Concurrently transcode audio files to MP3 using ffmpeg and Python

With the start of this year my Spotify subscription has ended and I'm now using Apple Music, mainly because it's part of my Apple One subscription, which not only makes it a lot cheaper than Spotify, Apple Music also allows me to hear my local music everywhere if it's on iCloud. However, that's where the advantages end, since Apple Music really sucks from a software quality standpoint. On iOS it's acceptable, but on macOS there were numerous crashes, it's kind of slow, and adding a single album to a playlist often ends in the album being added like a hundred times. Is there no QA for Apple desktop software anymore? I digress.

One limitation of Apple Music is, that it only supports a handful of audio file formats, i.e. there's no support for FLAC, OGG, OPUS and all the other good stuff. Some weeks ago I took NPR's audio quality test, and found that I couldn't distinguish between lossless and 128kbps MP3 in most cases. In the early days of MP3 this was easy, especially for acoustic music. I remember that hi-hats for example sounded "watery", due to the bad codecs back then. However, those days are over, and modern MP3 codecs have gotten a lot better. So I decided to "bite in the sour apple" (that's not an English phrase, is it?) and convert my local library to MP3, so I can listen to it on the go in Apple Music.

I'm not a fan of bash scripts, at least not when they're longer than 5 lines. For me the natural choice is to use Python for such a scripting task. Below are the contents of, the script I wrote to convert the files concurrently.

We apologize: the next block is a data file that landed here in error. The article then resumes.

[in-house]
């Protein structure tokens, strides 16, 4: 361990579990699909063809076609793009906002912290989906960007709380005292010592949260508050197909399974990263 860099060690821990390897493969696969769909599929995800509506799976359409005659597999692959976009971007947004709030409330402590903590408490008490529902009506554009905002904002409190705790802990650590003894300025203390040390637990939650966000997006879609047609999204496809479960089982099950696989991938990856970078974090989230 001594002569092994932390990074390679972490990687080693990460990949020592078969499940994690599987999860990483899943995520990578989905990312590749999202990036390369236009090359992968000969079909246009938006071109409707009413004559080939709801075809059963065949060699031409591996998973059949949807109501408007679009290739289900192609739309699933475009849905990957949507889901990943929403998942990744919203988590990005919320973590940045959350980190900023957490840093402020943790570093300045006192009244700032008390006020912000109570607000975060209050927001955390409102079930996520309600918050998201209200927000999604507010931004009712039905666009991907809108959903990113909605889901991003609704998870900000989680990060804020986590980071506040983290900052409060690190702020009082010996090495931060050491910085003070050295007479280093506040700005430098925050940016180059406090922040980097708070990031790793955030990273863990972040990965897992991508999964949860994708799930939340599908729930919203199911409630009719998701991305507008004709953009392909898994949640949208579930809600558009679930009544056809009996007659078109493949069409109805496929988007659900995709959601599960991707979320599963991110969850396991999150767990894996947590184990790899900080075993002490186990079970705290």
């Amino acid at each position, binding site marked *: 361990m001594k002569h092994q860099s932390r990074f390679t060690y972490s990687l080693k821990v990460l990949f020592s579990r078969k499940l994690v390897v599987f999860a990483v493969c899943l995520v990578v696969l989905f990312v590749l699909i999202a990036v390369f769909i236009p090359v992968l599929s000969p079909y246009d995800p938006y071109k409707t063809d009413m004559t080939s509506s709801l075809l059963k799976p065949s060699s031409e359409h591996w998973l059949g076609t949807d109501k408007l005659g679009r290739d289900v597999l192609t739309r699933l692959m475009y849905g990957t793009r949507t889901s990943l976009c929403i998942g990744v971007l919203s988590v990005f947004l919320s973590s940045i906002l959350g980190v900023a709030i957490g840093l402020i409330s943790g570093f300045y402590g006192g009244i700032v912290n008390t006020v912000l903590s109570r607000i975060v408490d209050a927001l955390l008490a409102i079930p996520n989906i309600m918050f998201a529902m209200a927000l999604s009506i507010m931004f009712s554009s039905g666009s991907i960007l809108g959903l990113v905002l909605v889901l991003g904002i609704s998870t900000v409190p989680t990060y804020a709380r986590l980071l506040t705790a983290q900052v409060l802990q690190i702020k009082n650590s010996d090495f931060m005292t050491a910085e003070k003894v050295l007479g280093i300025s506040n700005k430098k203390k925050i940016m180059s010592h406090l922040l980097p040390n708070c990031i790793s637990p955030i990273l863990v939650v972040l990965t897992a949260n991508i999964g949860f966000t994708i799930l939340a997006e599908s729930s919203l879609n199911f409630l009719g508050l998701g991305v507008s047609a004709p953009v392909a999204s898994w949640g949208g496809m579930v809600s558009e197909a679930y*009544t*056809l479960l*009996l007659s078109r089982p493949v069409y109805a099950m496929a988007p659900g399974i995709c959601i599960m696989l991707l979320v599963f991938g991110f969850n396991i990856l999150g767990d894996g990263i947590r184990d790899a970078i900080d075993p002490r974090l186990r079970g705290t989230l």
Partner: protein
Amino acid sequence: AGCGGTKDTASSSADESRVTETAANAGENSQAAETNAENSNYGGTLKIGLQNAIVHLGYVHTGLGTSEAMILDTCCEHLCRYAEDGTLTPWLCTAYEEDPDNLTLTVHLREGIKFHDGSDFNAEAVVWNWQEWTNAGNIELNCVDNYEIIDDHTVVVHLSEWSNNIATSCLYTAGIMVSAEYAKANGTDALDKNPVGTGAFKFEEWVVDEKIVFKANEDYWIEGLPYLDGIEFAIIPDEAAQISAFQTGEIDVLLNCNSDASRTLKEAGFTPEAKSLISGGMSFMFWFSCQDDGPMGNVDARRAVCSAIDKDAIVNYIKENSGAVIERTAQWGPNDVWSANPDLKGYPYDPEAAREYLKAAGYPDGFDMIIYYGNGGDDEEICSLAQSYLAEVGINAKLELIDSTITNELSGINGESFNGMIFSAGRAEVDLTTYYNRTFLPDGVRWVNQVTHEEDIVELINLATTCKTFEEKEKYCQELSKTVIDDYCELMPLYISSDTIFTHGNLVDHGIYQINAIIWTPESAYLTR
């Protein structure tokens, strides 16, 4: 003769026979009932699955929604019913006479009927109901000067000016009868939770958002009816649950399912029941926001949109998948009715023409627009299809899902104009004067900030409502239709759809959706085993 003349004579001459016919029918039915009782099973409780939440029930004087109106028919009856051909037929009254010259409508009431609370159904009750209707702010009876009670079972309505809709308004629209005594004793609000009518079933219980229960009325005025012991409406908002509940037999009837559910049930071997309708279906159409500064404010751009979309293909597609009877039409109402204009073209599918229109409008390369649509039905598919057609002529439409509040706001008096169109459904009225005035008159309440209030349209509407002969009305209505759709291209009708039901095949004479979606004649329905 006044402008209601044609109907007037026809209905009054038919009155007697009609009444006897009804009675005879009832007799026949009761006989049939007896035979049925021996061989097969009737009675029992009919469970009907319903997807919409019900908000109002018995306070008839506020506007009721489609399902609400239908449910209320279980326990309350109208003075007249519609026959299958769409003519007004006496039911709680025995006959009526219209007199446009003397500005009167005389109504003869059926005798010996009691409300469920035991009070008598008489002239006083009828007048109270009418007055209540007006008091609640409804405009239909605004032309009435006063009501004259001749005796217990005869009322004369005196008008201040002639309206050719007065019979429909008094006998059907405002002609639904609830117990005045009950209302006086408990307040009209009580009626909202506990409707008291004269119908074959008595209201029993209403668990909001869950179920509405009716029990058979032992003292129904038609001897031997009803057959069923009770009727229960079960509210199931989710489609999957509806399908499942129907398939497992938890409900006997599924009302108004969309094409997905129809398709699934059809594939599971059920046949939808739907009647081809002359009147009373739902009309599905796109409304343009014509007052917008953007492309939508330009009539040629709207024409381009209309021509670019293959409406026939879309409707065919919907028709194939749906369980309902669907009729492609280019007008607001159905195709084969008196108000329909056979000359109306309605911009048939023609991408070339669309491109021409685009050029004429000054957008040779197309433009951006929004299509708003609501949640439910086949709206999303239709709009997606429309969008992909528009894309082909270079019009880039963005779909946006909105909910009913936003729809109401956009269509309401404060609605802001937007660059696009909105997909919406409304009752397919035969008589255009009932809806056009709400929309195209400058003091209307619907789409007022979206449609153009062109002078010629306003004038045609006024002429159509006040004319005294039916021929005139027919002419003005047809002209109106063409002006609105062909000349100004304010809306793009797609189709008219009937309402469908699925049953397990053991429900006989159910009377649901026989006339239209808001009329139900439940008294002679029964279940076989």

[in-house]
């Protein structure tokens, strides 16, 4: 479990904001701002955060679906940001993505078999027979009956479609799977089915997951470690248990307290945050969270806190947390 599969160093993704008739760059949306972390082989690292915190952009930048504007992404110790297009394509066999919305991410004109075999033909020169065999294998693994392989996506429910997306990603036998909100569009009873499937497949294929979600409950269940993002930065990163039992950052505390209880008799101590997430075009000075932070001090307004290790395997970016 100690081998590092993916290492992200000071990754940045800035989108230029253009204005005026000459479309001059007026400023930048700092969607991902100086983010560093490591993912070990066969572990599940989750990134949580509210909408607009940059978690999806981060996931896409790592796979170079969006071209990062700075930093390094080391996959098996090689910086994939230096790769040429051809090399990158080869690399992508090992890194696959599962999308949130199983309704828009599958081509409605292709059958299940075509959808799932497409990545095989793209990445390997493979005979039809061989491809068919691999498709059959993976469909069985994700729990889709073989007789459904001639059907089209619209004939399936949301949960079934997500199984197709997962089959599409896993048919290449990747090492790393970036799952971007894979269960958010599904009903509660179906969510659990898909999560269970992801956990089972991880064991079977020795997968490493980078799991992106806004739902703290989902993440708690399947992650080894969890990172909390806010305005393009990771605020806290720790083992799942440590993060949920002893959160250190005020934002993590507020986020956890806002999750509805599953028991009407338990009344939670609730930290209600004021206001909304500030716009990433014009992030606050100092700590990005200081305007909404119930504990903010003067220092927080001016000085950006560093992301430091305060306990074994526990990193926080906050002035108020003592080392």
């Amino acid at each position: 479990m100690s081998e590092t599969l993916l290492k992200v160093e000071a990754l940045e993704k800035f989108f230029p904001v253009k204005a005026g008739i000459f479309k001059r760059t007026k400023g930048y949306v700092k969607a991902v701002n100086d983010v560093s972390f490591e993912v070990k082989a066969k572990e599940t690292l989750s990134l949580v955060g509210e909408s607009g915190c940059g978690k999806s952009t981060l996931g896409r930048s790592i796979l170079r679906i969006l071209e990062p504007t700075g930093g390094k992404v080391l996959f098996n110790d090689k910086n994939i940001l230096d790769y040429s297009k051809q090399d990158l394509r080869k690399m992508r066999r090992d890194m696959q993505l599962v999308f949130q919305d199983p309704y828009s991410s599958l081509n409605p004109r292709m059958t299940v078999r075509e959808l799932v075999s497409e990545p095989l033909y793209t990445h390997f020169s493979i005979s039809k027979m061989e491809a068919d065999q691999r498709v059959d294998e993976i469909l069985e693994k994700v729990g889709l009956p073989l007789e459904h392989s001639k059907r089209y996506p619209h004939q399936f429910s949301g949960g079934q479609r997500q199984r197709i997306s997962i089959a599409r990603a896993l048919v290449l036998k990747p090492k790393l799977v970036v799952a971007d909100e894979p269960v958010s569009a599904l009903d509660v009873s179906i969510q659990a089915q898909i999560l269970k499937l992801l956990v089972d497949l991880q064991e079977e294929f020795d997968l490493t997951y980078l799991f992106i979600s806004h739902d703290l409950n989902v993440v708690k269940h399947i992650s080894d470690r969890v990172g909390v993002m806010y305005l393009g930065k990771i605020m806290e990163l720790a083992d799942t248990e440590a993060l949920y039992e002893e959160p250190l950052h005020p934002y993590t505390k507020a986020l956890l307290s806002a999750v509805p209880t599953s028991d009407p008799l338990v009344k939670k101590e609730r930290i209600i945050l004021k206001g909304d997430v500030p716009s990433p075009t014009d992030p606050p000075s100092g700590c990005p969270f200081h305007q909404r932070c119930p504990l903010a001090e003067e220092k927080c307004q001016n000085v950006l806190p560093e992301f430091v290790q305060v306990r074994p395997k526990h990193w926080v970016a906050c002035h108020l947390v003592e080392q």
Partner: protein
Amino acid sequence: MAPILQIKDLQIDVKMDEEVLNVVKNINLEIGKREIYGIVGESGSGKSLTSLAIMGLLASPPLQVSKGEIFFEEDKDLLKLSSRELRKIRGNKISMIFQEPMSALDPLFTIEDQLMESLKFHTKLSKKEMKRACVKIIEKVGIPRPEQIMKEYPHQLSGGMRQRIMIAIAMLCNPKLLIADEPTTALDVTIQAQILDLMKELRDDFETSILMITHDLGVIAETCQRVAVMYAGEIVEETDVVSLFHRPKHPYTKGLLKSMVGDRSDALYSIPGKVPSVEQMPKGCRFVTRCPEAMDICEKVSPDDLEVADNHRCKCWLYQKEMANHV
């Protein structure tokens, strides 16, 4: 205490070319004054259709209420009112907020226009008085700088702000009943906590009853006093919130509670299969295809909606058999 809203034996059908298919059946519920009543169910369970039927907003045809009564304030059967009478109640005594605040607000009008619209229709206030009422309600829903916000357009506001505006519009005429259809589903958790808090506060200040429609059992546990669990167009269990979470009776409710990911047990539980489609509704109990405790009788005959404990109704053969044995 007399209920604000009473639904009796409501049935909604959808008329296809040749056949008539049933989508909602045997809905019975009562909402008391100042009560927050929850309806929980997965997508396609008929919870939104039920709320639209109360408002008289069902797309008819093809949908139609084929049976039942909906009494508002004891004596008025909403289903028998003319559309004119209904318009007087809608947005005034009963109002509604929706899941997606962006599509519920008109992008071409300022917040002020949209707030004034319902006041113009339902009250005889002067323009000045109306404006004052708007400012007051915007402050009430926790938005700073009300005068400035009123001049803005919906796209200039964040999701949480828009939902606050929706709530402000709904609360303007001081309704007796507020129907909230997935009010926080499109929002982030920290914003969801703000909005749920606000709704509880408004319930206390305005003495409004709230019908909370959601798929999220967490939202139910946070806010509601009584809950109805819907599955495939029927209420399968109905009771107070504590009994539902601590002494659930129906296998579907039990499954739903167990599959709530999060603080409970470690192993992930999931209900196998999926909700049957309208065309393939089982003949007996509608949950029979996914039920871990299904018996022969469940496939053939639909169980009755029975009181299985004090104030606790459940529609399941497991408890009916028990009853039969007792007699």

#!/usr/bin/env python3

import concurrent
from concurrent.futures import ThreadPoolExecutor
import os
from pathlib import Path
import subprocess
import sys
from typing import List

source_dir = Path(sys.argv[1])
dest_dir = Path(sys.argv[2])
known_extensions = set([".m4a", ".flac", ".ogg"])
source_files = []
for dirpath, _, filenames in os.walk(source_dir):
    for filename in filenames:
        p = Path(dirpath).relative_to(source_dir).joinpath(filename)
        if p.suffix in known_extensions:

# 1/3

In this first step we're collecting the file paths relative to the source directory of all audio files, if they're matching one of the known_extensions. It's important that we have the relative path, because this will simplify the path handling of the destination path.

args_list = []
for source_file in source_files:
    source = source_dir.joinpath(source_file)
    dest = dest_dir.joinpath(source_file).with_suffix(".mp3")
    except FileExistsError:
        print(f"{dest.parent} already exists...")
            "2",  # Use high quality encoding, 4 is default
            "1",  # Enable average bitrate

# 2/3

In this section we build a list of arguments that we want to pass to the task function we use to schedule the work onto a thread pool. The speedup is almost linear, since ffmpeg will only use a single CPU core to transcode a file, hence this workload scales well with the number of available CPU cores. I decided to use average bit-rate (ABR) encoding, and the resulting files vary around 180kbps +/- 20kbps. In a blind-test I could never tell that this is not 320kbps. If you disagree because you've golden ears, fine, I don't believe you can actually hear a difference 😛.

def run(args: List[str]):

with ThreadPoolExecutor(max_workers=4) as executor:
    futures = [executor.submit(run, args) for args in args_list]
    for future in concurrent.futures.as_completed(futures):

Lastly we're defining the task function called run (could've named it task of course) and then use a ThreadPoolExecutor to schedule the workload onto 4 CPU cores. If you want to sature all your available CPU cores, use multiprocessing.cpu_count().

Python is fin fun 🥳